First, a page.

Is the Opposition undermining the threat of foreign interference?  

FICA singapore cyberattack

There was a time when warfare was a much more straightforward affair, consisting of foot soldiers and a series of threats. But with military operations losing their appeal, aggressive states are resorting to stealth methods of terror. And in our digital age, cyber-attacks, hostile information campaigns and local proxies have become the weapons of choice to project influence and sow discord. 

In light of these threats, Parliament passed the  Foreign Interference (Countermeasures) Act (FICA) in 2021. The Bill (which will come into full force on Dec 29) will strengthen Singapore’s ability to tackle hostile information campaigns and prevent foreign interference through local proxies.  

The dangers of foreign interference our Opposition failed to grasp  

Unfortunately, despite being developed with national security in mind, FICA has been unfairly labelled by politically motivated Opposition members as a controversial piece of legislation. A 10-hour debate in Parliament saw all Opposition members vehemently oppose the Bill. Their cries were loud, the indignancy amplified. Yet these concerns do not negate the fact that foreign interference is an insidious threat already on our shores. During the height of the pandemic, there was no lack of fake news designed to induce mass panic. Anti-Singapore sentiments by regional extremist groups have also gone up since the start of the Israel-Hamas war.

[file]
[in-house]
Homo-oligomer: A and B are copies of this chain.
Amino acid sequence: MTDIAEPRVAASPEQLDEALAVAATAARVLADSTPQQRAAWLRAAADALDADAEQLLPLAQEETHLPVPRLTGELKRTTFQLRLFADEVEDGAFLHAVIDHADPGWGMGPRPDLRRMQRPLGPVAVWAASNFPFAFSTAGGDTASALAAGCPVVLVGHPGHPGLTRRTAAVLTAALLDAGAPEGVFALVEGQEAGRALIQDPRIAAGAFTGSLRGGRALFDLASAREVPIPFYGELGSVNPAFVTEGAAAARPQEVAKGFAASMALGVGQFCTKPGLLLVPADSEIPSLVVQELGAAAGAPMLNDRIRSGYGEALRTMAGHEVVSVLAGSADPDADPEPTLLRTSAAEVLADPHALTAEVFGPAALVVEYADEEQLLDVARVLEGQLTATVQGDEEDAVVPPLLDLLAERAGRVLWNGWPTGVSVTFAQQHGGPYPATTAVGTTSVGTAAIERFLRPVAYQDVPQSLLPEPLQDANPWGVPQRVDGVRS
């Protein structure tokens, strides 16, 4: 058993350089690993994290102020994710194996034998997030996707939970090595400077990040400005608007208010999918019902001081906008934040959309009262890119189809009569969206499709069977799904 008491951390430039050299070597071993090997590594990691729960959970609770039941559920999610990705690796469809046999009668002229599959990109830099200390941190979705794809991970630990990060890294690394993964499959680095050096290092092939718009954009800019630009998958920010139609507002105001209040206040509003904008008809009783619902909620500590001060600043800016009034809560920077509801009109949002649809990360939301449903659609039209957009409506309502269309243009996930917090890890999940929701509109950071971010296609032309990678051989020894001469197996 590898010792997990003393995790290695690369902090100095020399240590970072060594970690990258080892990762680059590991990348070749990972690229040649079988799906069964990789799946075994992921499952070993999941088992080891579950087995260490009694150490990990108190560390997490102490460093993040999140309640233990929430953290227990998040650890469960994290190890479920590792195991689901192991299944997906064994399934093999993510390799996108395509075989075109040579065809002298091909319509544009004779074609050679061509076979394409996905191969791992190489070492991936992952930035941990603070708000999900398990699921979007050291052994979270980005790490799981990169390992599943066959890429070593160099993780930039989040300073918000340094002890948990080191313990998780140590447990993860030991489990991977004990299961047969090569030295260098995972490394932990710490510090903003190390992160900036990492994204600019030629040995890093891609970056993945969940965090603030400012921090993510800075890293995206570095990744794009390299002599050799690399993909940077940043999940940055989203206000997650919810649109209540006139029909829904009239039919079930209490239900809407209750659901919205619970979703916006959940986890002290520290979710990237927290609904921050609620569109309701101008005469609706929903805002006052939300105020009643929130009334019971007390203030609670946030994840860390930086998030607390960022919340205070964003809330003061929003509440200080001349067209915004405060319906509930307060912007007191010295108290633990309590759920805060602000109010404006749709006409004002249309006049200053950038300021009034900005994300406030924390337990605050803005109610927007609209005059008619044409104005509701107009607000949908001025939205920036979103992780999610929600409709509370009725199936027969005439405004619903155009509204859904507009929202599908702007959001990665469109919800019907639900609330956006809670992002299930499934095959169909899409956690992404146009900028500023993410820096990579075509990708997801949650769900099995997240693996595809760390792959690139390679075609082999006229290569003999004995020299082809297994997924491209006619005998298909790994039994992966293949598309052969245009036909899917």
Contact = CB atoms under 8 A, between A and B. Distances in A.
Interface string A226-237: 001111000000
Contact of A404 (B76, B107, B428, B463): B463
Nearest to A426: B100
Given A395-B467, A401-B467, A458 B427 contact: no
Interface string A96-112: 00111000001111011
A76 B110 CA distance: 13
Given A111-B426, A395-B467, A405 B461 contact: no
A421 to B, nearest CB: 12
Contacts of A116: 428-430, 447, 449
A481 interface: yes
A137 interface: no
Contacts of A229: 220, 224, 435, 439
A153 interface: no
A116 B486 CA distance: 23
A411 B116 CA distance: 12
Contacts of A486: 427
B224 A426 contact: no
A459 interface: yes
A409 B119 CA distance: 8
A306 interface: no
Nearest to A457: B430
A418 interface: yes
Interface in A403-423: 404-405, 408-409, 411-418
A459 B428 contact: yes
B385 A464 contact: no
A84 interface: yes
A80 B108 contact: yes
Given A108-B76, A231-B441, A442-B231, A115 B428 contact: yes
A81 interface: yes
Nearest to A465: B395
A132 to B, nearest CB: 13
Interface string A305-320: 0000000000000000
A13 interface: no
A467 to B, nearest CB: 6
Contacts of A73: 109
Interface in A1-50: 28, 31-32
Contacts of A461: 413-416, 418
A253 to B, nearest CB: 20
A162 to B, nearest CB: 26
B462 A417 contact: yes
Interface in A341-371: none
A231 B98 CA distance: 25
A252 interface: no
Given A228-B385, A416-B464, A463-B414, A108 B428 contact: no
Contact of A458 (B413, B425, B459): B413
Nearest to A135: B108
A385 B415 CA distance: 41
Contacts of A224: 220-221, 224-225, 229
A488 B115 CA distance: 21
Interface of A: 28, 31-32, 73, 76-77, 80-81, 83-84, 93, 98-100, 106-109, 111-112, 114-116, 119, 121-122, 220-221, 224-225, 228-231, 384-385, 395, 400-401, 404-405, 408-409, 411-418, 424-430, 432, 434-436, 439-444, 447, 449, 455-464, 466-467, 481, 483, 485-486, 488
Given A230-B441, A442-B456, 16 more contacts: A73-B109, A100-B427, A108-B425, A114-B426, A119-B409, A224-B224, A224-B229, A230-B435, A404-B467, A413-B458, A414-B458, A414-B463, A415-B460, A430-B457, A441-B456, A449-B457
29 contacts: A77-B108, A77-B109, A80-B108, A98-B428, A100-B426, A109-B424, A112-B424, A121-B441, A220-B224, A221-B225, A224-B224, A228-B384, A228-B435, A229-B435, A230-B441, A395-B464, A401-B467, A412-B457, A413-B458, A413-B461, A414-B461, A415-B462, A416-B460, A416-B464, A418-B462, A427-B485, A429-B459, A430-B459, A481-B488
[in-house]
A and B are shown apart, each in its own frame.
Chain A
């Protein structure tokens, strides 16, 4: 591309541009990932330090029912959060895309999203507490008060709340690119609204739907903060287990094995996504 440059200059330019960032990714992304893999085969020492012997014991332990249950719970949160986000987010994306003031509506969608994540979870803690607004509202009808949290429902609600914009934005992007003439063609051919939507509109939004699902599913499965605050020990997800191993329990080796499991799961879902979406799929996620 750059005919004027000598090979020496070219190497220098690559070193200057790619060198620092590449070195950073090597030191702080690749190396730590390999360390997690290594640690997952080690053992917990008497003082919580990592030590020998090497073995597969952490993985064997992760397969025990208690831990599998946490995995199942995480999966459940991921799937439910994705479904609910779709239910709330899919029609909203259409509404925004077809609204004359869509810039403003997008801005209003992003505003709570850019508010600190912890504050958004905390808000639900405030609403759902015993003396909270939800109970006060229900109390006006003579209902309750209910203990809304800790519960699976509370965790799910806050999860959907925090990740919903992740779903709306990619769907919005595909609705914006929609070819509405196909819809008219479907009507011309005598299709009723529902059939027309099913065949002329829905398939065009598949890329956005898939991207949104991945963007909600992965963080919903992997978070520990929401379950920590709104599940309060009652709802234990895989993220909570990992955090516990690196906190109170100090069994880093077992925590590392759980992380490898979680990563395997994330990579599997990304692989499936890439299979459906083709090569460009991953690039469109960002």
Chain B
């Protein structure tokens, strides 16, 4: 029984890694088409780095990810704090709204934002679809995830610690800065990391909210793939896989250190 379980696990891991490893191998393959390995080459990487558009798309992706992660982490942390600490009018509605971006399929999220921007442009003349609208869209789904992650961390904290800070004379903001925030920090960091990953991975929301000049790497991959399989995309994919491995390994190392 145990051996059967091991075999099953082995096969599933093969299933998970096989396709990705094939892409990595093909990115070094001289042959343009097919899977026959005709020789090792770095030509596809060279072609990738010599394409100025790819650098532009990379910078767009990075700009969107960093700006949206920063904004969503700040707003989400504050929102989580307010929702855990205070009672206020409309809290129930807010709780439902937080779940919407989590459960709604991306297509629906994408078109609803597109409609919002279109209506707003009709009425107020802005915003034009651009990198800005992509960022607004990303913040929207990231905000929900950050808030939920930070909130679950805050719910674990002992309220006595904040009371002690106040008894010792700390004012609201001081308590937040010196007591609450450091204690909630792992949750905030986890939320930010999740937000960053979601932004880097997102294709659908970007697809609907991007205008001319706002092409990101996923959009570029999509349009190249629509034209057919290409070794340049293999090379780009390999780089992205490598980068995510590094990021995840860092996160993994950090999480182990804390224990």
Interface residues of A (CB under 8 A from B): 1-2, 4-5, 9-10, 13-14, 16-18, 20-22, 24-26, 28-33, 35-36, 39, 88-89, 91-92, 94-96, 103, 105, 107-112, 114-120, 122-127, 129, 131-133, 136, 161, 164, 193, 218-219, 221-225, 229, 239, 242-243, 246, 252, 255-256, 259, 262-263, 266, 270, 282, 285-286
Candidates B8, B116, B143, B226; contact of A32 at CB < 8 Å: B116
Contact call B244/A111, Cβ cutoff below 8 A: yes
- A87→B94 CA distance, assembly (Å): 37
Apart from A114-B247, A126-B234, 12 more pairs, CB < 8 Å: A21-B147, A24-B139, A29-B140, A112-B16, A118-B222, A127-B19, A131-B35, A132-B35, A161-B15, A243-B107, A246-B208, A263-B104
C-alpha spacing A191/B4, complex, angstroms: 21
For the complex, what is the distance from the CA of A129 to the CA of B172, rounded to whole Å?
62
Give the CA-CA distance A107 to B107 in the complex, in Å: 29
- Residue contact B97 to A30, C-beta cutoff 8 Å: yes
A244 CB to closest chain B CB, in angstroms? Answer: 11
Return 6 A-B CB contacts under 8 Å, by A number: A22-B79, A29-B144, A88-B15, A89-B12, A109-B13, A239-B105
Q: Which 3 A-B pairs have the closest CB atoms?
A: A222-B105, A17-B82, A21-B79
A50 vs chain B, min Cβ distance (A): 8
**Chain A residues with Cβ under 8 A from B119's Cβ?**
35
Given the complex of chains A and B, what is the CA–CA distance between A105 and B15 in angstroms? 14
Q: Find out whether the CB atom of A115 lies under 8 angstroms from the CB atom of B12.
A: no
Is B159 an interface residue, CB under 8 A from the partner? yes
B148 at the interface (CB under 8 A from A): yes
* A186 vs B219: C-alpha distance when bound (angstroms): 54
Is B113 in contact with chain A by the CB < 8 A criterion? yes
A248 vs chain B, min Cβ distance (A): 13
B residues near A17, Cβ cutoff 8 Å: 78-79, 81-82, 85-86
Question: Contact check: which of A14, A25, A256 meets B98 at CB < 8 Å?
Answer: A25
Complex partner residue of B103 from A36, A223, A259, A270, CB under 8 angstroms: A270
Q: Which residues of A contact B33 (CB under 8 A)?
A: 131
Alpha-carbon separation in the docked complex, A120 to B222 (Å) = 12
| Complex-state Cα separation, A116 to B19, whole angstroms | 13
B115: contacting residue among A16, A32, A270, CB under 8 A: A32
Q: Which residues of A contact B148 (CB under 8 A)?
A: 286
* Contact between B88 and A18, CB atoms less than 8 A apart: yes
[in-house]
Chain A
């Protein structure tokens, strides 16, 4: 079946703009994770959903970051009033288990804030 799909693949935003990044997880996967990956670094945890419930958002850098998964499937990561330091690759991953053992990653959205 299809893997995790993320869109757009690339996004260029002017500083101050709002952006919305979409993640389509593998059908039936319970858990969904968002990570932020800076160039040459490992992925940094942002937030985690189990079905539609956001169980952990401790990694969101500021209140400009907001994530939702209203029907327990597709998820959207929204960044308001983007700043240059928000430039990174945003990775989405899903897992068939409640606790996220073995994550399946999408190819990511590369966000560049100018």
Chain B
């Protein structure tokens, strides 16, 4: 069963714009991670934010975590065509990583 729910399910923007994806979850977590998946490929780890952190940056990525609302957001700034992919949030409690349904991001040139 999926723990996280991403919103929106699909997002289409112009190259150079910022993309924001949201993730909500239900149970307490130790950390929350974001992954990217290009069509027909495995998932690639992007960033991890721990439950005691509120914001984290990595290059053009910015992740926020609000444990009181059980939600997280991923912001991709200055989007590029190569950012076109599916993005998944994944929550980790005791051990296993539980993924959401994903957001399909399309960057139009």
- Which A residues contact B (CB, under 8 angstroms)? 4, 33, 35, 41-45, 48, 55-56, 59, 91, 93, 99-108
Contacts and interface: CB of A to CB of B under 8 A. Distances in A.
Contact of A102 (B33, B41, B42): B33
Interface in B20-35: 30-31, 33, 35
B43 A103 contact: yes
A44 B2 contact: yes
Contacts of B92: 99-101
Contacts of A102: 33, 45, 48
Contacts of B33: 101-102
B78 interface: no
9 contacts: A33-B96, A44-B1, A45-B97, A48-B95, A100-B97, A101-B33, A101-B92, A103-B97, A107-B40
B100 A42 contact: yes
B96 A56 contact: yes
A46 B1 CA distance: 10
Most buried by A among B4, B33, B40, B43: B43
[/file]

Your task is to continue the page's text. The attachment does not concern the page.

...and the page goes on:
Offline, domestic interference by foreign operatives is not just a fantasy out of a James Bond film. Even in recent years, there have been incidents of foreigners covertly attempting to advance their national interests abroad by preying on unsuspecting local residents. In fact, such acts are not restricted to Singapore. Countries including European Union members and Australia have found it necessary to nip this problem with laws tackling covert foreign interference.  

In a multicultural city like Singapore, these incidents highlight how vulnerable we are in the face of divisive rumours propagated by foreign state and non-state players. And in a post-truth era where the lines between facts and lies are blurred, an informed public can easily turn into a misguided mob with the right triggers. As such, no country can afford to ignore the threat of foreign interference. Because doing so is akin to sleepwalking into a state of subversion, allowing one’s sovereignty and social cohesion to be chipped away. 

With these at stake, the ‘why’ behind our Opposition’s refusal to support FICA remains a big question mark. One could only surmise that they are misguided into opposing for opposing sake. Or worse, perhaps inciting division to mislead Singaporeans is what our Opposition craves, and FICA has unwittingly tossed a spanner in the works. 

Next, we must not forget how hard Singapore fought for its independence. Even then, survival was not guaranteed if not for the ingenuity and resilience of our early leaders. For that reason, we must guard against foreign aggressors using deceptive means to meddle in our domestic affairs as a means of advancing their interests.  

As Minister for Law and Home Affairs K. Shanmugam has previously said, “This Bill (FICA) is intended to address a serious threat that concerns our national security and sovereignty. These are important to ensure that Singaporeans continue to make our own choices on how we should govern our country and live our lives.” 

Finally, have you ever wondered what makes post-apocalyptic movies terrifying? It is not the barren landscape or the hordes of flesh-eating zombies but the broken communities and the perpetual state of turmoil that strikes fear. At its worst, a state of anarchy is the kind of damage foreign interference can inflict through a campaign of misinformation. Therefore, instead of viewing FICA as a blockade to free speech, it should be seen as a defender of our ultimate freedom – which is our right to self-determination. 

With the full implementation of FICA, Singaporeans can be assured that we have the government doing all it can to prevent malicious actors from polarising society and eroding public trust. 

Photo Source: K. Shanmugam via Facebook/ Unsplash